Serviced apartments, office space and a sky bar overlooking the River Tay are among the latest plans being proposed for the city’s Waterfront.
Developer Structured House Group (SHG), based in Glasgow, and Broughty Ferry-based architect Nicoll Russell Studios (NRS) showcased its vision for Site 17 during a public consultation at Discovery Point.
If the plans are approved, SHG will construct a mixed-use residential development of one, two and three-bedroom apartments, a rooftop bar and restaurant as well as public spaces and commercial units on the brownfield site between the Tay Road Bridge and the Apex Hotel.
The building, which is aimed at the rental market, will also contain office areas for residents to use as their workplace and mail room and concierge service will also be provided.
Each apartment will also have secure storage for one bicycle.
SHG is hoping to replicate the success of similarly designed rental properties in larger cities such as London and Manchester.
Brian Smith, group operations director for SHG, said: “The rental scheme we’re offering will allow a huge change in the way people live in Dundee.
“This development will have a sky bar on the roof which will be accessible to non-residents and have great views.
“Those who live in the building will have access to open office space on site where they can work near their home whenever they like.”
Willie Watt, a director at NRS, said architects would use their local knowledge to ensure that the building fits in well with the mix of building designs that can be found at the Waterfront.
He said: “As local architects, we’re precious about our home city.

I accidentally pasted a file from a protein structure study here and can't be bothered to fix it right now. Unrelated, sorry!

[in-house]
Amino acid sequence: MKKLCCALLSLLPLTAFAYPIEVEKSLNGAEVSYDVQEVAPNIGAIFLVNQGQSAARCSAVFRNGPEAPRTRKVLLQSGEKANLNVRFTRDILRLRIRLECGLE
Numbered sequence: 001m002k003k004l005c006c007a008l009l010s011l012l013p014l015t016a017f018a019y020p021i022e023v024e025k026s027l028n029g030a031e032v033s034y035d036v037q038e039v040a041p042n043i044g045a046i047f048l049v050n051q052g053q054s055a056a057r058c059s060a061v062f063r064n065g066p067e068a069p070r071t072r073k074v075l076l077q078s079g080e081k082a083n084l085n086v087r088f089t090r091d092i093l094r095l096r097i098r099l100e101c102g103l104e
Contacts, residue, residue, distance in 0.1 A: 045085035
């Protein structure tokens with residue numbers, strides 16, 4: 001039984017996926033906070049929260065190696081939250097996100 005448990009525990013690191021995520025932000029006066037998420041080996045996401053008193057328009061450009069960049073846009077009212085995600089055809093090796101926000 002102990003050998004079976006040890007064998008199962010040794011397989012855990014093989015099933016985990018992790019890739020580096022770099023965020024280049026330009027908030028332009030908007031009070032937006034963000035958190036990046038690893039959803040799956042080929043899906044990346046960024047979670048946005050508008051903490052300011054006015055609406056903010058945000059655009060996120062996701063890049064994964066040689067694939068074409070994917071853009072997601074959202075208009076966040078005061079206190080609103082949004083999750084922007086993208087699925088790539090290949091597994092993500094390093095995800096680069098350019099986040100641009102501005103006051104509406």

“We wish to create something that’s fresh and that fits in terms of scale and the character of the developments nearby.”
The architecture firm has also said it will be taking every measure possible to ensure that the noise, including from traffic on the Tay Road Bridge, doesn’t interfere with the lives of tenants.
Mr Watt added: “We’ll work with an acoustician to design the building so that everything works, making it a great place to live.”
The company says its proposals work with the city’s Waterfront Masterplan, which aims to see £1 billion of redevelopment take place in the area.
SHG has said that the building would take up to two years to complete once planning permission is granted.
Feedback from members of the public who attended the consultation was generally positive.
Alistair Barrie said: “It’s quite a novel concept as far as I’m concerned. The managed rental block should overcome the issue of lack of proper maintenance of other rental developments.”
But Bill Newcombe, chairman of the City Centre and Harbour Community Council, said he had reservations about the lack of parking provisions.
“The Dundee Local Development Plan calls for every apartment in the city centre to have one parking space,” he said.
“Why is it in the plan when it’s not put into practice?
“We’re for development of the area but will bring up these issues as they arise.”